- BannedBooksWeek.org is a great place to start. This page has an overview, materials and promotional tools, and tons of resources for discussion and events.
- The American Library Association gives a basic description and, even more interestingly, a history of the celebration, in their Advocacy pages.
- If you’re an infographic fan like me, click here take a closer look at that infographic I shared above from the American Library Association. And scroll down to check out their archive of infographics – they share an awesome new one each year!
- The American Library Association’s Office for Intellecual Freedom compiles list each year of the most commonly banned books, including information about why they were challenged or banned. These lists go all the way back to 2004. Master lists of the most commonly banned books in childrens, young adult, classic, and diverse literature are also included – and fascinating!
- This YouTube video by BannedBooksWeek.org outlines the most challenged books of 2017, and why each title was challenged or banned.
- This interactive timeline from the American Library Association gives a much deeper look into book censorship year by year, from 1982- present day.
- In 2017, School Library Journal released a list of New Resources for Banned Books Week, including statistics, articles, and current events (now, of course, more than a year old).
- American Libraries Magazine put together an interesting collection of statistics in their article, By the Numbers: Banned Books Week. The 2015 article is a bit dated now, but it’s still fascinating.
- Many school librarians go “all-out” for Banned Books Week. A quick Google search will show you some of the amazing and thought-proking displays featured in school libraries across the country. My display skills aren’t quite that feirce – but they sure are inspiring, aren’t they?
- More of a Pinterest person? Check out this Banned Books Week board, curated by the team at School Library Journal.
Come check out the Banned Books Week display in the 7th and 8th grade section of the Learning Village Library, featuring some of the most commonly challenged and/or banned childrens’ books of all time, and the reasons cited for their requested removal. What I love about Banned Books Week is the fascinating and diverse conversations that it inspires in our reading community.
If you’re interested, here are some discussion questions about book censorship and banned books to share with your friends, family, or community of readers, from Education World:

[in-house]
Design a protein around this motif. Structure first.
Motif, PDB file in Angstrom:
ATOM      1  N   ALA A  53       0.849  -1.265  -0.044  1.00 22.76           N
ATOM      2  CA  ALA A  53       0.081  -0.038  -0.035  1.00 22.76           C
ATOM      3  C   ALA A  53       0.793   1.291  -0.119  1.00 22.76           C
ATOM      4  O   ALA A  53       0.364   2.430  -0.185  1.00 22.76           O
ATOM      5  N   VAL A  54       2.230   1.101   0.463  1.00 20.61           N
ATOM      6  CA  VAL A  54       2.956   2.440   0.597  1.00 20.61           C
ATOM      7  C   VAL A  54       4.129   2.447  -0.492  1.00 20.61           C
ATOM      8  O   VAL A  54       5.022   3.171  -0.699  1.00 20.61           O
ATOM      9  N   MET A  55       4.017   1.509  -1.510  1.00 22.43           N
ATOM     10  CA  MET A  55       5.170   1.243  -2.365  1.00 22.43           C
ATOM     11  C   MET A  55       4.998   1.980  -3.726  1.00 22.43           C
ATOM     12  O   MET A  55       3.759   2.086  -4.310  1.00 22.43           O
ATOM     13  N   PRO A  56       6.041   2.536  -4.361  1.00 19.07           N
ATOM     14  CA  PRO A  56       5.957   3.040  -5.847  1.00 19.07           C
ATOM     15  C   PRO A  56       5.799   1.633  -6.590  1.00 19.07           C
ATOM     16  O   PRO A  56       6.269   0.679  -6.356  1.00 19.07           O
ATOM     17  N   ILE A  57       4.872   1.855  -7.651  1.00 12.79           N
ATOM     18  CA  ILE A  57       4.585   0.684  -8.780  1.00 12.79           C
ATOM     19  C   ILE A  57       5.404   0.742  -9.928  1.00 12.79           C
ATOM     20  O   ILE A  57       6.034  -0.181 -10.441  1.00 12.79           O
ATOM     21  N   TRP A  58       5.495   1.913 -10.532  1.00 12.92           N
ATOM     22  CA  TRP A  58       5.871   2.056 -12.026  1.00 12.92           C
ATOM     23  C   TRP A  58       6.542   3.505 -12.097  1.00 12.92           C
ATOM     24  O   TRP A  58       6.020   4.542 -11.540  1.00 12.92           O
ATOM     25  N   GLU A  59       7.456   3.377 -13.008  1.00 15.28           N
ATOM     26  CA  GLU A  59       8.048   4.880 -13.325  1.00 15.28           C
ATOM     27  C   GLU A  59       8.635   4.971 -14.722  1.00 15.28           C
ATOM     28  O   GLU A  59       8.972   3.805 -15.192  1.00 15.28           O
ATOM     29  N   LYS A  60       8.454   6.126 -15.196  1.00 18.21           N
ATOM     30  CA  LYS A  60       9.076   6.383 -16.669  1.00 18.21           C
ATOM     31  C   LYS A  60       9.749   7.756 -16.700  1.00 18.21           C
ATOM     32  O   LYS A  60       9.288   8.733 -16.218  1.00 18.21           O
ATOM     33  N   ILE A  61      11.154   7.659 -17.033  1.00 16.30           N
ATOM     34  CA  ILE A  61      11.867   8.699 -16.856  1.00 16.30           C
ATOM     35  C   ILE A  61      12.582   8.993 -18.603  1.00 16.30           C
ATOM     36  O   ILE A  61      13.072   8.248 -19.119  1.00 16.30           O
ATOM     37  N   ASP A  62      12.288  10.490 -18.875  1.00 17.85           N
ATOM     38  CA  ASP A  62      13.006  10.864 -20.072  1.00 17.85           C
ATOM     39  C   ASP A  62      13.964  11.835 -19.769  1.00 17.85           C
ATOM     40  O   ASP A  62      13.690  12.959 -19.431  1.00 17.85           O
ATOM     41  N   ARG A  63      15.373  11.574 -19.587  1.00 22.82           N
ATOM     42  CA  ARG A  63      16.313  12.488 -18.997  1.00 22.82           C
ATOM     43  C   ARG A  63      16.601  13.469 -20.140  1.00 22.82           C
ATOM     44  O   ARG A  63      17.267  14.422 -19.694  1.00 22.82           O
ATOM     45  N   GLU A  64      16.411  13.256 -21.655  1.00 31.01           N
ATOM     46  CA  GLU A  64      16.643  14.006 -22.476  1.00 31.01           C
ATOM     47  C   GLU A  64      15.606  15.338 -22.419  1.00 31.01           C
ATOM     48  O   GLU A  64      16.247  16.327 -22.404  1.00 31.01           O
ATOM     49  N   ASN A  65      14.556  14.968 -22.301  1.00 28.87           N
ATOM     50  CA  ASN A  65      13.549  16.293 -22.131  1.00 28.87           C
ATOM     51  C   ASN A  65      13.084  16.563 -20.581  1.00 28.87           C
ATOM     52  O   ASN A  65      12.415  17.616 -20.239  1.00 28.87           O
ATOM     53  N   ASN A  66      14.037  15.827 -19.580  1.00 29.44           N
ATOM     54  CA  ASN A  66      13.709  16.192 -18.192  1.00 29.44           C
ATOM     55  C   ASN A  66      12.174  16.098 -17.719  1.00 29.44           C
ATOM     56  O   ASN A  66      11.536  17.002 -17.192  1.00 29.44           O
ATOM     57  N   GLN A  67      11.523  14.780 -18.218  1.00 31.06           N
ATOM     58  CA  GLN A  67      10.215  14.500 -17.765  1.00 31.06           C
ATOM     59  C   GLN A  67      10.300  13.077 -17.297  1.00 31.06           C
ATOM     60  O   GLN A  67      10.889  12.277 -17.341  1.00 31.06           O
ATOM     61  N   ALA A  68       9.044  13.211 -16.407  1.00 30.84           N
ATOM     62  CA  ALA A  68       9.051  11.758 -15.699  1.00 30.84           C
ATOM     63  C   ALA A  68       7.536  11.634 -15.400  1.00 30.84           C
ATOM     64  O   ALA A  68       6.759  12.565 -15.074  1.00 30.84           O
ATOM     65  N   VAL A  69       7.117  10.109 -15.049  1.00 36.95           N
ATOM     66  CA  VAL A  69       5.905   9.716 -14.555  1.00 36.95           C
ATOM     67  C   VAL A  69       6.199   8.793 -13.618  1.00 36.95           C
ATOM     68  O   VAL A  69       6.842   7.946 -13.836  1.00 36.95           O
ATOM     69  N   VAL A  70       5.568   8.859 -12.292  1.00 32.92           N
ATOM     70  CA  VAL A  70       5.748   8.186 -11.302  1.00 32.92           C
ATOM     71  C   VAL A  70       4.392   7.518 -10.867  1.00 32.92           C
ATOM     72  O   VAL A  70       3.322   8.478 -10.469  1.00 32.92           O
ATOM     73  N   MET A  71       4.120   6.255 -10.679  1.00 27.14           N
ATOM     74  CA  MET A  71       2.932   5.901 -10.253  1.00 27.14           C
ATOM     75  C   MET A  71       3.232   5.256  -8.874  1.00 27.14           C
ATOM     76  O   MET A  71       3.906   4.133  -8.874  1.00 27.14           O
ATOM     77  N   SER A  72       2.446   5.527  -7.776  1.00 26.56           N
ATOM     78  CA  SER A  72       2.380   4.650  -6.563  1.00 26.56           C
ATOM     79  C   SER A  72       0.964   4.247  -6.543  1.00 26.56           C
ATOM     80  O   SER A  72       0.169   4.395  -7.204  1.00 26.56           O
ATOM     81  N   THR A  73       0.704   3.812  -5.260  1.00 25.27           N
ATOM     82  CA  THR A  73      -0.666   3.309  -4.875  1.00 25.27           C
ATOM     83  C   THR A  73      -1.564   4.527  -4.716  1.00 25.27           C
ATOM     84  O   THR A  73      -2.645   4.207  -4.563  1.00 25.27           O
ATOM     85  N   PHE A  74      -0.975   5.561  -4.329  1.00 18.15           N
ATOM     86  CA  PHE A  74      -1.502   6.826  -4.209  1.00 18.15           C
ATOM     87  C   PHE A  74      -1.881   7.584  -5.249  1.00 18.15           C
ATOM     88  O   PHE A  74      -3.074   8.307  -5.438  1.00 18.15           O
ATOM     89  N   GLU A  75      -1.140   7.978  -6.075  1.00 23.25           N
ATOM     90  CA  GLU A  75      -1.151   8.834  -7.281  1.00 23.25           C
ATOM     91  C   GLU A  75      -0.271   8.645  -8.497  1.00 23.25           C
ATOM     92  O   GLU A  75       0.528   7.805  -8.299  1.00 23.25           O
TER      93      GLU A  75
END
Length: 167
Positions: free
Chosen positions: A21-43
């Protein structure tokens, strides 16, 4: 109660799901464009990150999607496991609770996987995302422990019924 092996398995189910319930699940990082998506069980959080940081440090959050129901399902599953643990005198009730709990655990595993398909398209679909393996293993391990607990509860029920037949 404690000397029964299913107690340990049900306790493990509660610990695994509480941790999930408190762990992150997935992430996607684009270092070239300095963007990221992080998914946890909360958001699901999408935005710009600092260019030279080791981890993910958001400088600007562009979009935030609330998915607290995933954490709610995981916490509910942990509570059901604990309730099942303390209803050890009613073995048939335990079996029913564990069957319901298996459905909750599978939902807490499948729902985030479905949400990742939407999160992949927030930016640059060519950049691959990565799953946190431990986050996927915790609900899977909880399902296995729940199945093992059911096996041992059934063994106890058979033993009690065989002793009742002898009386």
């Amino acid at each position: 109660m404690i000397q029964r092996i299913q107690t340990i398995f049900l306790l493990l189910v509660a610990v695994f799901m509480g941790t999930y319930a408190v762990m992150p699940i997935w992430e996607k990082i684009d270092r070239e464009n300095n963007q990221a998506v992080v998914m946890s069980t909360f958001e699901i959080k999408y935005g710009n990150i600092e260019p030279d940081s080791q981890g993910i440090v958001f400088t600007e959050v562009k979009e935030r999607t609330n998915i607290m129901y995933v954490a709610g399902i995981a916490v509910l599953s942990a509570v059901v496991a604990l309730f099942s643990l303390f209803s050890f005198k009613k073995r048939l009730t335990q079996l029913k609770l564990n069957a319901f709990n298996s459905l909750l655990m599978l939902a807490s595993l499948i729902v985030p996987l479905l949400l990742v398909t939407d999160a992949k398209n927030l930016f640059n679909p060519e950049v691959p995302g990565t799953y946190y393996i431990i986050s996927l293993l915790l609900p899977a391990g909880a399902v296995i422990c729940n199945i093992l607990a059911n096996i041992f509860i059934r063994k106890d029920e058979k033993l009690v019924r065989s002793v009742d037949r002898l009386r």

- What are some of your favorite books? Are any of them on the banned list?
- Which banned books would you most like to read, and why?
- Have you ever been offended by a book? Why? Do you think others would agree with you?
- What are some reasons a school board might choose to remove certain books from schools?
- Under what circumstances (if any) should a book be removed from a school? A library?
- What is the difference between banning a book and restricting access to a book (e.g., requiring parental permission)?
- Does book banning constitute censorship? If yes, in all cases, or only in some?
- Does a member of the public have a right to decide whether others should be allowed access to a book? If so, under what circumstances would he or she have the right to decide?
- What, if anything, can be learned from reading a book that has content which some people find offensive? Can the book be viewed as a history lesson in terms of the values of a given time period? An example of poor choices that lead to poor outcomes? A lesson in flawed human beings overcoming challenges and adversity in life?
- How does the historical context of a book affect the public’s reaction to it? Would a book considered objectionable in the 1960s or another decade be viewed more favorably today?
- Are books that have been banned in the past considered more acceptable today? Why?
- How has book banning changed over the years? How does it look different now, compared to ancient times? Seventy years ago (the 1930s)? Forty years ago (the 1960s)? Ten years ago?